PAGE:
Canadian Certified Pedorthists (C. Ped (C)s) are trained in the analysis and assessment of foot and lower limb biomechanics. If you’ve booked a Pedorthic assessment appointment, you were likely given an idea of what to bring to the appointment, but what should you expect at your first visit with your Pedorthist, and subsequent visits?
Review of Your Medical History
Well, first off it’s not scary! At your initial visit, a thorough assessment will be done, beginning with your medical history. We will ask questions about your injury or pain, past history of injuries and/or surgeries, relevant medical conditions, your footwear and what kind of activities you do. The Pedorthist will also take a look at the footwear you bring in and note any wear patterns.
A Weight-Bearing, Non-Weight Bearing Assessment, and Muscle Testing
A non-weight bearing assessment will be conducted, where your Pedorthist will test your range of motion to note any abnormalities. A weight-bearing assessment and muscle testing will also be completed to note any differences. Your Pedorthist will determine specific muscle testing for you based on your assessment.
A Review of Your Gait Profile and Assessment
Then, the Pedorthist will have you walk a few times and observe your gait (how you walk) from different angles.
A Discussion of Available Treatment Options
After the assessment, your Pedorthist will discuss observations and education about your gait, injury or likely reasons for your pain/discomfort. At this time the Pedorthist will discuss treatment options with you, which may include stretching, off-the-shelf orthotics, custom orthotics, or a referral for physiotherapy. Footwear recommendations will also be made based on your footwear needs, foot type and gait.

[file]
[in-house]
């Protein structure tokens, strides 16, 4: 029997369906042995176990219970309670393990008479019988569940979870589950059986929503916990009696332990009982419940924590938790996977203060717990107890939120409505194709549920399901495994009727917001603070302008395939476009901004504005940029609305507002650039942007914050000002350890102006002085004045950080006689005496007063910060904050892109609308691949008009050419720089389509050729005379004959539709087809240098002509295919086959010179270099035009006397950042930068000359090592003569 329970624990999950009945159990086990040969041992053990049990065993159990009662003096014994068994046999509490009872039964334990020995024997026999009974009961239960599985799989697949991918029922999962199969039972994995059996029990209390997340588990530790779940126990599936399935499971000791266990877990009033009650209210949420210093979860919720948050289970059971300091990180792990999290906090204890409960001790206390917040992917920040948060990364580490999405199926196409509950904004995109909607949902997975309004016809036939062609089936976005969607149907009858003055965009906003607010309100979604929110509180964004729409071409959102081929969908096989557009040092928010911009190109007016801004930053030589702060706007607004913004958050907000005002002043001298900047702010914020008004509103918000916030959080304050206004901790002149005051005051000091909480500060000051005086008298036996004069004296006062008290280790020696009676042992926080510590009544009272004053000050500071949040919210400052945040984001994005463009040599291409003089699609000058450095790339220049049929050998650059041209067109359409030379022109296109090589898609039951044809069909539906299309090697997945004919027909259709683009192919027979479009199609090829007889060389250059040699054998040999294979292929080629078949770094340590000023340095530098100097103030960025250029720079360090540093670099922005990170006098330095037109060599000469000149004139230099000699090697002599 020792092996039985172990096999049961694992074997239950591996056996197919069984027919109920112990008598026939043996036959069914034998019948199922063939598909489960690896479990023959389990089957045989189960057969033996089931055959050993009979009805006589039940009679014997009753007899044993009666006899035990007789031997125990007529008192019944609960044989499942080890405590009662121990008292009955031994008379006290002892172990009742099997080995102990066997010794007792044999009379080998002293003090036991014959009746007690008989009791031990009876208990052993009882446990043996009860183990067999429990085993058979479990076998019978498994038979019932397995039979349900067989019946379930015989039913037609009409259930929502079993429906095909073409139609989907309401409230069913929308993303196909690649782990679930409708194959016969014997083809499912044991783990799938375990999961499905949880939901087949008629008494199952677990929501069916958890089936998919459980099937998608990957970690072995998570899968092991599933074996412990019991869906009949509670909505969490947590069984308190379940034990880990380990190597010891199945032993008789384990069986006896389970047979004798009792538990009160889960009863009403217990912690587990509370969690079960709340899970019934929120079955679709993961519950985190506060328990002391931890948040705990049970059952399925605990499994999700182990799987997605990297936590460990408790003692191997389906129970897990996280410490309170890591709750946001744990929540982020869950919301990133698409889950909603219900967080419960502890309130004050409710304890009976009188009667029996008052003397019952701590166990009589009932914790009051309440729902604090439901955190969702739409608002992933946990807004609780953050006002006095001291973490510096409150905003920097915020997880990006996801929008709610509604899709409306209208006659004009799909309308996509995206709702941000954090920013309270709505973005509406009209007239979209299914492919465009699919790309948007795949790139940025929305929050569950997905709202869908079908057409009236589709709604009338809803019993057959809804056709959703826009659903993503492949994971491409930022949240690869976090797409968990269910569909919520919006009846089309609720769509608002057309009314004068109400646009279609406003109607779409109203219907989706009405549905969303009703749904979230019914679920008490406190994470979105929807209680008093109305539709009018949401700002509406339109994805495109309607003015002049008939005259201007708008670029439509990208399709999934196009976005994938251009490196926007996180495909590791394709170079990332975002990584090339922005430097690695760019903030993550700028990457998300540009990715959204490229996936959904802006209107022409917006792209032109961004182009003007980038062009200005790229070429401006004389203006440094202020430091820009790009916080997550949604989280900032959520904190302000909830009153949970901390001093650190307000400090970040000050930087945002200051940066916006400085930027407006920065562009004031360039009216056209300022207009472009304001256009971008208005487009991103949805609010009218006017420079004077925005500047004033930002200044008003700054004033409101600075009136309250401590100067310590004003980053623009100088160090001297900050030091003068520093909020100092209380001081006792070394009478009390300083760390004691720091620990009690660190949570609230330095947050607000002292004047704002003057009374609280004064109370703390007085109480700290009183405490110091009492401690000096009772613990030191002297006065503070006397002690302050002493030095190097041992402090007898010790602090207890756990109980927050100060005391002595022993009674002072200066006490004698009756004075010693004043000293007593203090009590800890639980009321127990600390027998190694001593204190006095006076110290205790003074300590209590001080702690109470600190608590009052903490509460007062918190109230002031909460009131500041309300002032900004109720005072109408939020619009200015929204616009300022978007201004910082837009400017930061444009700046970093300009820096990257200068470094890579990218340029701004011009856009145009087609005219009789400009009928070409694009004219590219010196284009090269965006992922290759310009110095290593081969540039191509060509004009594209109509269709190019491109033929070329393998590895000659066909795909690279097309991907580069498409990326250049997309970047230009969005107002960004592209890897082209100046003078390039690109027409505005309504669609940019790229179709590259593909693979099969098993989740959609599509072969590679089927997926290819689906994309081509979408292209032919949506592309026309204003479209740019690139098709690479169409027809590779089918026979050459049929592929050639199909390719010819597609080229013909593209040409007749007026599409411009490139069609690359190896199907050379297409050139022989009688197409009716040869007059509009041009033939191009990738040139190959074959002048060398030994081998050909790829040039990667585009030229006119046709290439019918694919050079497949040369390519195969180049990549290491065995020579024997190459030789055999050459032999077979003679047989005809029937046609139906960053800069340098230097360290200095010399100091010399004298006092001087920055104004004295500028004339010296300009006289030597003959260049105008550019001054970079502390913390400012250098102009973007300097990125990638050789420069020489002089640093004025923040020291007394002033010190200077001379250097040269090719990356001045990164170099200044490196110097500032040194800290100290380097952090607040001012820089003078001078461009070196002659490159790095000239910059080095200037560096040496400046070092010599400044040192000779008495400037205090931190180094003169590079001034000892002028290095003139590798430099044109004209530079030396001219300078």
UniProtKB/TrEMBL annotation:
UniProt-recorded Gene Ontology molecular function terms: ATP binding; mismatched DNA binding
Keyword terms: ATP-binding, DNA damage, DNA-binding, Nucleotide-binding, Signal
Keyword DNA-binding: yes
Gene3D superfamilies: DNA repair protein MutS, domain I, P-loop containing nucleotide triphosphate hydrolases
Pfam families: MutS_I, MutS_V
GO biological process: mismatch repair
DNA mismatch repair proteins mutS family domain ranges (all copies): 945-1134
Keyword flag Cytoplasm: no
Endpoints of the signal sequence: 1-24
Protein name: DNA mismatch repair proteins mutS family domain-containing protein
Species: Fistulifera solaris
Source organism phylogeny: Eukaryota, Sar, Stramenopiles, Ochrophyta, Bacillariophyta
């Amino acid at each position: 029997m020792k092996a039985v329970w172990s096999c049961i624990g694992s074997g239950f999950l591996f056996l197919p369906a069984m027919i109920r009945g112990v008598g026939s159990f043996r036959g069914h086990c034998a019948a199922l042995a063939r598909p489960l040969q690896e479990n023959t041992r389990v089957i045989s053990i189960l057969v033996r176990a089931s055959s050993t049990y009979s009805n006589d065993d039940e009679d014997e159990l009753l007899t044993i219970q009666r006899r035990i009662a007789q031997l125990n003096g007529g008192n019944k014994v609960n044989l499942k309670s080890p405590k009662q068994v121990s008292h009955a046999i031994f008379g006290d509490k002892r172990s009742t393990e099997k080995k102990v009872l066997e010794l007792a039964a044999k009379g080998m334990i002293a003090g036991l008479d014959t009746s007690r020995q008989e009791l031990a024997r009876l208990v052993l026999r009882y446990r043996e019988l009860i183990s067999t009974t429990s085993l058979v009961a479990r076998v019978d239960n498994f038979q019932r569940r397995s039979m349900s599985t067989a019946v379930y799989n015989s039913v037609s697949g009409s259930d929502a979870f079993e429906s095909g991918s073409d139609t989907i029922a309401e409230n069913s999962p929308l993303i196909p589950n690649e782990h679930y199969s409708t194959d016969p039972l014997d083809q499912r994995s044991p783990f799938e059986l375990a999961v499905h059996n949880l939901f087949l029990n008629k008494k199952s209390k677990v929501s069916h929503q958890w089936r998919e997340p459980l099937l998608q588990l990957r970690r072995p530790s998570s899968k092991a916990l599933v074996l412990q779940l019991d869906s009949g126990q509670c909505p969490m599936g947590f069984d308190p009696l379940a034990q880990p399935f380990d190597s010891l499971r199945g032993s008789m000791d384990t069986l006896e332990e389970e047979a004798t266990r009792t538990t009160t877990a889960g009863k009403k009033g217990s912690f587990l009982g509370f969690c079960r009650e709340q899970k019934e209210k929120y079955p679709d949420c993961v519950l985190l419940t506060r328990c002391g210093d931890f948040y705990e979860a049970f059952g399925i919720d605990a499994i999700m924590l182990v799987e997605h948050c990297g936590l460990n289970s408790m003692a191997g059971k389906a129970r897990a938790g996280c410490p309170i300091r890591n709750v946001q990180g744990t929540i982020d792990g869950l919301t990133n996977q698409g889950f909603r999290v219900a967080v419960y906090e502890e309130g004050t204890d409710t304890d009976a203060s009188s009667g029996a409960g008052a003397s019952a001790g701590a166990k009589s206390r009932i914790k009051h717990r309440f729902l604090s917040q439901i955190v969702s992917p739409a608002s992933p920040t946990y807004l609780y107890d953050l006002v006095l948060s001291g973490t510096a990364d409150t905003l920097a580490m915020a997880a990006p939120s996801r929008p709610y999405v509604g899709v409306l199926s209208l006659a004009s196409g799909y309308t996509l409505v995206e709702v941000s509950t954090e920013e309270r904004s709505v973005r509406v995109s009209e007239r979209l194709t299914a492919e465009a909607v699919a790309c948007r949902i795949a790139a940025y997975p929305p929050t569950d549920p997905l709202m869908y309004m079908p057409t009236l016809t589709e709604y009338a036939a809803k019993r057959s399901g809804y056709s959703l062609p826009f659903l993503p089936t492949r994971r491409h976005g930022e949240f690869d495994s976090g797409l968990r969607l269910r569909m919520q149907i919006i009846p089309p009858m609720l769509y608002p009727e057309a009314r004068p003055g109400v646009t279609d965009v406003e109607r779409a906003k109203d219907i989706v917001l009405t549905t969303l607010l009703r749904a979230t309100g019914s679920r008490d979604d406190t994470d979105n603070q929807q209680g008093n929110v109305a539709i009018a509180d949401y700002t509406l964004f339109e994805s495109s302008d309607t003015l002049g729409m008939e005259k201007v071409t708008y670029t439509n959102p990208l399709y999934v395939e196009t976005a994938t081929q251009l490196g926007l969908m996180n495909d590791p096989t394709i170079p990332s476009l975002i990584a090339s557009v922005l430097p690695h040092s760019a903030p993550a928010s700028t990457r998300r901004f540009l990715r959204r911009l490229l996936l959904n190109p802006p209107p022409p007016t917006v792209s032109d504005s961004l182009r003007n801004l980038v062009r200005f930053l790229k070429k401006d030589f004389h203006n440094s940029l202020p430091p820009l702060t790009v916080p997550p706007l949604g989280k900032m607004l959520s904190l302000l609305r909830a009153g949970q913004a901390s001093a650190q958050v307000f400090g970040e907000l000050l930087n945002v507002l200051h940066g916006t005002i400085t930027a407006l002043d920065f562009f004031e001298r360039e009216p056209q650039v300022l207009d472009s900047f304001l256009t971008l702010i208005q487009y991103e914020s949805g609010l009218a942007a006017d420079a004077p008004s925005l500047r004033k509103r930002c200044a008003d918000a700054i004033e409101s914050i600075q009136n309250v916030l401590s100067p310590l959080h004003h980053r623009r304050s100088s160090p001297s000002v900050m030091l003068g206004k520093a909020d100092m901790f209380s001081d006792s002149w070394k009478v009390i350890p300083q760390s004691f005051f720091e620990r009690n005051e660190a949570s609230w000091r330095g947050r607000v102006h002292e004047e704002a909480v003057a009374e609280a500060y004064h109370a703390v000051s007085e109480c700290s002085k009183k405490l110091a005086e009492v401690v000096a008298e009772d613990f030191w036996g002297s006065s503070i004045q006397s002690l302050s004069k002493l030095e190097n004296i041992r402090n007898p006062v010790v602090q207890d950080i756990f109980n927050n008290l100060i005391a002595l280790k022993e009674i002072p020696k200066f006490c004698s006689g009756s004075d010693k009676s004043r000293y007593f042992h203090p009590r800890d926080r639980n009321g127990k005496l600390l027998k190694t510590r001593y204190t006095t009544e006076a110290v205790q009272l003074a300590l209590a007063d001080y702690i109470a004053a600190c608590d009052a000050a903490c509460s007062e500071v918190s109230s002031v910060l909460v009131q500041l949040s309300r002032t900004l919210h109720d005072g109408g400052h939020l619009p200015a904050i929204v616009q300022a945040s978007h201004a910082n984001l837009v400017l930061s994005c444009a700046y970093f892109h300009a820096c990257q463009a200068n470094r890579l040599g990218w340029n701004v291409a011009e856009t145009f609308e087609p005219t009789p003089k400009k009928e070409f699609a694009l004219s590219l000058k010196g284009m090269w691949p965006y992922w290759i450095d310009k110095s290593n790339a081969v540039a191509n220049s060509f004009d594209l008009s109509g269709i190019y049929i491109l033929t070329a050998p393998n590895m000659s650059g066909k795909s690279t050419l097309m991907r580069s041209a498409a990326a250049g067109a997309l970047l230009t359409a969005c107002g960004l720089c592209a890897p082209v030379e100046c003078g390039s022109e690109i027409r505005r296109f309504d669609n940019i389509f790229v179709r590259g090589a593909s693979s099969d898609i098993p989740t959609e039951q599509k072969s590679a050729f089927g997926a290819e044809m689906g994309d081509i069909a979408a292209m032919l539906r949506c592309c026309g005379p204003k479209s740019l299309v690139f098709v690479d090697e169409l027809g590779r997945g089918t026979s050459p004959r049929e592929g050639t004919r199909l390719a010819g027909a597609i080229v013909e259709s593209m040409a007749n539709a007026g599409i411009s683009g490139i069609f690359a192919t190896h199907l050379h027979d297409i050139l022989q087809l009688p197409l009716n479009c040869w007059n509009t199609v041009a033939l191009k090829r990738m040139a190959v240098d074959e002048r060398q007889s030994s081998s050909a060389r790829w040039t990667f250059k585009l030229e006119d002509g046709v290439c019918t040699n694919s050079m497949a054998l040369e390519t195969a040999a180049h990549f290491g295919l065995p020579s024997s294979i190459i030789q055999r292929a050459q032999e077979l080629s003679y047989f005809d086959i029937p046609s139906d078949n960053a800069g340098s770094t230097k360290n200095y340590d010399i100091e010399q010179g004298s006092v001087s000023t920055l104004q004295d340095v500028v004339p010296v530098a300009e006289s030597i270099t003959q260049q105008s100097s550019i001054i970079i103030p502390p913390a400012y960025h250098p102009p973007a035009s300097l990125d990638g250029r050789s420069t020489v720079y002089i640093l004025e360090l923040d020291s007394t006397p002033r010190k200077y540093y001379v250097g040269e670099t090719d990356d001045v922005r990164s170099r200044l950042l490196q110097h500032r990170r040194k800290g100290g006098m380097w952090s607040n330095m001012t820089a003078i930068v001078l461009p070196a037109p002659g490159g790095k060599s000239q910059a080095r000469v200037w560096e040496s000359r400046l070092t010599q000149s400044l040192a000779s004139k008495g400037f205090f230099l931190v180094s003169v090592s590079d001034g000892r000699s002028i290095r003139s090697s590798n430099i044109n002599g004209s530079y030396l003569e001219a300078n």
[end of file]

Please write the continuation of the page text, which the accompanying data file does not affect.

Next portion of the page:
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Casting Your Custom Orthotics
If custom orthotics are determined to be part of your treatment plan, you will be casted using a method that provides a 3D mould of your foot (most often using a foam box, plaster or computer software).
There are a number of ways that your Pedorthist may cast your custom orthotics, including:
A Foam Box
If your Pedorthist casts using a foam box, they will complete the cast either with you sitting or standing and by placing one foot at a time gently into the foam box. The Pedorthist will control your foot position while placing it into the box to create an impression of your foot.
A Plaster Casting
Plaster casting is primarily completed while the patient is laying down, and involves the Pedorthist placing plaster on the sides and bottom of your foot while holding the foot in a ‘neutral’ position. Once the plaster has dried, the Pedorthist will remove the cast from your foot and complete the same process for your other foot.
Computer Software Casting
There’s also a computer software (contact digitizing) that’s used for casting purposes; it’s able to create a 3D image on the computer by capturing the contours of your foot. The process uses small cylinders that are able to move and contact the foot to form a 3D image. This contact digitizing differs from pressure mats, as standing on a pressure mat only provides you with a 2D image. The pressure mat is not able to correctly capture the areas where the mat does not come into contact with your foot (foot contours, through the arch, etc.).
Modification of Your Current Footwear
A Canadian Certified Pedorthist may also modify your current footwear or new shoes for accommodative or corrective purposes. For example, this tactic could be used for adding a lift for a leg length discrepancy.
Follow Up and Orthotic Pick Up Appointment
At your orthotic pick up appointment, your Pedorthist will ensure that your new custom orthotics fit well to the shoes that you have provided and that they are comfortable for you to wear. A follow up appointment need to be scheduled to ensure your orthotics are comfortable and working well for your needs.
Your Pedorthist should maintain an open-door policy with you to ensure that they are available for any adjustments or follow up appointments that may arise.
Read our feature to find out the differences between a Pedorthist and a Podiatrist and other footcare professionals.
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